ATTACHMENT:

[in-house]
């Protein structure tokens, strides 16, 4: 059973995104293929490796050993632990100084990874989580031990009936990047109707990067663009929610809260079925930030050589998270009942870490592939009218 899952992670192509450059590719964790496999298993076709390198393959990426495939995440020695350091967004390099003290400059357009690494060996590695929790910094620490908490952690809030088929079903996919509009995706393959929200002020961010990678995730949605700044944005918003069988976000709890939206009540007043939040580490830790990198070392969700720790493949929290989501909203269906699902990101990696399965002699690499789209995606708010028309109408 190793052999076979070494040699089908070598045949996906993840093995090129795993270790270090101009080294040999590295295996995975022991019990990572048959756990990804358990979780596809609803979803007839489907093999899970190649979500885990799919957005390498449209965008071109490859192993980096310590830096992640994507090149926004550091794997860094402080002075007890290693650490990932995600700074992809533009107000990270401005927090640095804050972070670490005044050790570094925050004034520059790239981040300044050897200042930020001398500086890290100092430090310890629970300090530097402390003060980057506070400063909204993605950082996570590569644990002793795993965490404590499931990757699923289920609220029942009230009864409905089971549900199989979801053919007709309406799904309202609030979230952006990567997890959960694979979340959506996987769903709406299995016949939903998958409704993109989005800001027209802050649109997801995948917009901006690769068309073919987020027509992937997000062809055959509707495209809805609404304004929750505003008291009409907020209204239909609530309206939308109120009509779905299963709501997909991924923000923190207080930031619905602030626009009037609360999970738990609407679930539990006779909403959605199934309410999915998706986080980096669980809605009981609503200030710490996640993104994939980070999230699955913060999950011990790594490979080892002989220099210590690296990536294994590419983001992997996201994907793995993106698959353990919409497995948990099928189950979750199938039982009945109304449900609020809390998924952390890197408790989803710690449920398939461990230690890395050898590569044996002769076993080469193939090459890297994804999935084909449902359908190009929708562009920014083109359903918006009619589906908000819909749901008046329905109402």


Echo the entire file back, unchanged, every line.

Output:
[in-house]
């Protein structure tokens, strides 16, 4: 059973995104293929490796050993632990100084990874989580031990009936990047109707990067663009929610809260079925930030050589998270009942870490592939009218 899952992670192509450059590719964790496999298993076709390198393959990426495939995440020695350091967004390099003290400059357009690494060996590695929790910094620490908490952690809030088929079903996919509009995706393959929200002020961010990678995730949605700044944005918003069988976000709890939206009540007043939040580490830790990198070392969700720790493949929290989501909203269906699902990101990696399965002699690499789209995606708010028309109408 190793052999076979070494040699089908070598045949996906993840093995090129795993270790270090101009080294040999590295295996995975022991019990990572048959756990990804358990979780596809609803979803007839489907093999899970190649979500885990799919957005390498449209965008071109490859192993980096310590830096992640994507090149926004550091794997860094402080002075007890290693650490990932995600700074992809533009107000990270401005927090640095804050972070670490005044050790570094925050004034520059790239981040300044050897200042930020001398500086890290100092430090310890629970300090530097402390003060980057506070400063909204993605950082996570590569644990002793795993965490404590499931990757699923289920609220029942009230009864409905089971549900199989979801053919007709309406799904309202609030979230952006990567997890959960694979979340959506996987769903709406299995016949939903998958409704993109989005800001027209802050649109997801995948917009901006690769068309073919987020027509992937997000062809055959509707495209809805609404304004929750505003008291009409907020209204239909609530309206939308109120009509779905299963709501997909991924923000923190207080930031619905602030626009009037609360999970738990609407679930539990006779909403959605199934309410999915998706986080980096669980809605009981609503200030710490996640993104994939980070999230699955913060999950011990790594490979080892002989220099210590690296990536294994590419983001992997996201994907793995993106698959353990919409497995948990099928189950979750199938039982009945109304449900609020809390998924952390890197408790989803710690449920398939461990230690890395050898590569044996002769076993080469193939090459890297994804999935084909449902359908190009929708562009920014083109359903918006009619589906908000819909749901008046329905109402």